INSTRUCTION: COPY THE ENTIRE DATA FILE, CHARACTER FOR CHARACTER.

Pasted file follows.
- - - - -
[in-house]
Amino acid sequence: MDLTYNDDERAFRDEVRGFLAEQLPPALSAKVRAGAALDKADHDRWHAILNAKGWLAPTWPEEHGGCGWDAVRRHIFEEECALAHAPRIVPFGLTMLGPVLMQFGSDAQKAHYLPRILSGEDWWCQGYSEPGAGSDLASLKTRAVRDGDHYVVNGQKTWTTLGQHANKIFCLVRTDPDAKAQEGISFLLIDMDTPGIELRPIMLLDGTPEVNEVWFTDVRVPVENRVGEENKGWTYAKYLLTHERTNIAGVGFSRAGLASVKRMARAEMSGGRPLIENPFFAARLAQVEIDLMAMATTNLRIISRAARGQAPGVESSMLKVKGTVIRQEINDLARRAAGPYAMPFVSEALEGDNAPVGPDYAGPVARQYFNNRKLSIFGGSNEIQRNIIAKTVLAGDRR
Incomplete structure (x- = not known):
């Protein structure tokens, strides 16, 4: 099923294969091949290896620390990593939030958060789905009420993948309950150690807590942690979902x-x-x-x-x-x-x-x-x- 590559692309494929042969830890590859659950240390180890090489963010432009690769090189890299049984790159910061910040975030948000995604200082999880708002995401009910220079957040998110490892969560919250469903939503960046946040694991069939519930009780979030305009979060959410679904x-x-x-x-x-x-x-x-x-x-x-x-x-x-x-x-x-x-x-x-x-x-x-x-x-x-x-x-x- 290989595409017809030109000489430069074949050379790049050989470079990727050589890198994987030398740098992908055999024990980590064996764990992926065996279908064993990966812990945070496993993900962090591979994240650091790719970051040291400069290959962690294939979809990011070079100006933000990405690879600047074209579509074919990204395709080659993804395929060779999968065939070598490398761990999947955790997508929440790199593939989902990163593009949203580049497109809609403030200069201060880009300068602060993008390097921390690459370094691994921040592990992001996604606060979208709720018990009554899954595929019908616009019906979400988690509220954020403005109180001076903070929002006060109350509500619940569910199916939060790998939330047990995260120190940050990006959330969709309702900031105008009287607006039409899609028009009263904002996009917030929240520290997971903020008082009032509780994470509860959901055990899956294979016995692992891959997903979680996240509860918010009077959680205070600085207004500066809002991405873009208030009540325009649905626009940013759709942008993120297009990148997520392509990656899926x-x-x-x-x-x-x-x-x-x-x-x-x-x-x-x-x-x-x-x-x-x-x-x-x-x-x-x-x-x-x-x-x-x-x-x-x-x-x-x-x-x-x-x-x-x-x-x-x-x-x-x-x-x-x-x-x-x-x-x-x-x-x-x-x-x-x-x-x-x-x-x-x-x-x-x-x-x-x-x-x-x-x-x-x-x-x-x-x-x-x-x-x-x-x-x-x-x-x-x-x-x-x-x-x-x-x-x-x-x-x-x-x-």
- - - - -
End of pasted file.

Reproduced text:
[in-house]
Amino acid sequence: MDLTYNDDERAFRDEVRGFLAEQLPPALSAKVRAGAALDKADHDRWHAILNAKGWLAPTWPEEHGGCGWDAVRRHIFEEECALAHAPRIVPFGLTMLGPVLMQFGSDAQKAHYLPRILSGEDWWCQGYSEPGAGSDLASLKTRAVRDGDHYVVNGQKTWTTLGQHANKIFCLVRTDPDAKAQEGISFLLIDMDTPGIELRPIMLLDGTPEVNEVWFTDVRVPVENRVGEENKGWTYAKYLLTHERTNIAGVGFSRAGLASVKRMARAEMSGGRPLIENPFFAARLAQVEIDLMAMATTNLRIISRAARGQAPGVESSMLKVKGTVIRQEINDLARRAAGPYAMPFVSEALEGDNAPVGPDYAGPVARQYFNNRKLSIFGGSNEIQRNIIAKTVLAGDRR
Incomplete structure (x- = not known):
């Protein structure tokens, strides 16, 4: 099923294969091949290896620390990593939030958060789905009420993948309950150690807590942690979902x-x-x-x-x-x-x-x-x- 590559692309494929042969830890590859659950240390180890090489963010432009690769090189890299049984790159910061910040975030948000995604200082999880708002995401009910220079957040998110490892969560919250469903939503960046946040694991069939519930009780979030305009979060959410679904x-x-x-x-x-x-x-x-x-x-x-x-x-x-x-x-x-x-x-x-x-x-x-x-x-x-x-x-x- 290989595409017809030109000489430069074949050379790049050989470079990727050589890198994987030398740098992908055999024990980590064996764990992926065996279908064993990966812990945070496993993900962090591979994240650091790719970051040291400069290959962690294939979809990011070079100006933000990405690879600047074209579509074919990204395709080659993804395929060779999968065939070598490398761990999947955790997508929440790199593939989902990163593009949203580049497109809609403030200069201060880009300068602060993008390097921390690459370094691994921040592990992001996604606060979208709720018990009554899954595929019908616009019906979400988690509220954020403005109180001076903070929002006060109350509500619940569910199916939060790998939330047990995260120190940050990006959330969709309702900031105008009287607006039409899609028009009263904002996009917030929240520290997971903020008082009032509780994470509860959901055990899956294979016995692992891959997903979680996240509860918010009077959680205070600085207004500066809002991405873009208030009540325009649905626009940013759709942008993120297009990148997520392509990656899926x-x-x-x-x-x-x-x-x-x-x-x-x-x-x-x-x-x-x-x-x-x-x-x-x-x-x-x-x-x-x-x-x-x-x-x-x-x-x-x-x-x-x-x-x-x-x-x-x-x-x-x-x-x-x-x-x-x-x-x-x-x-x-x-x-x-x-x-x-x-x-x-x-x-x-x-x-x-x-x-x-x-x-x-x-x-x-x-x-x-x-x-x-x-x-x-x-x-x-x-x-x-x-x-x-x-x-x-x-x-x-x-x-």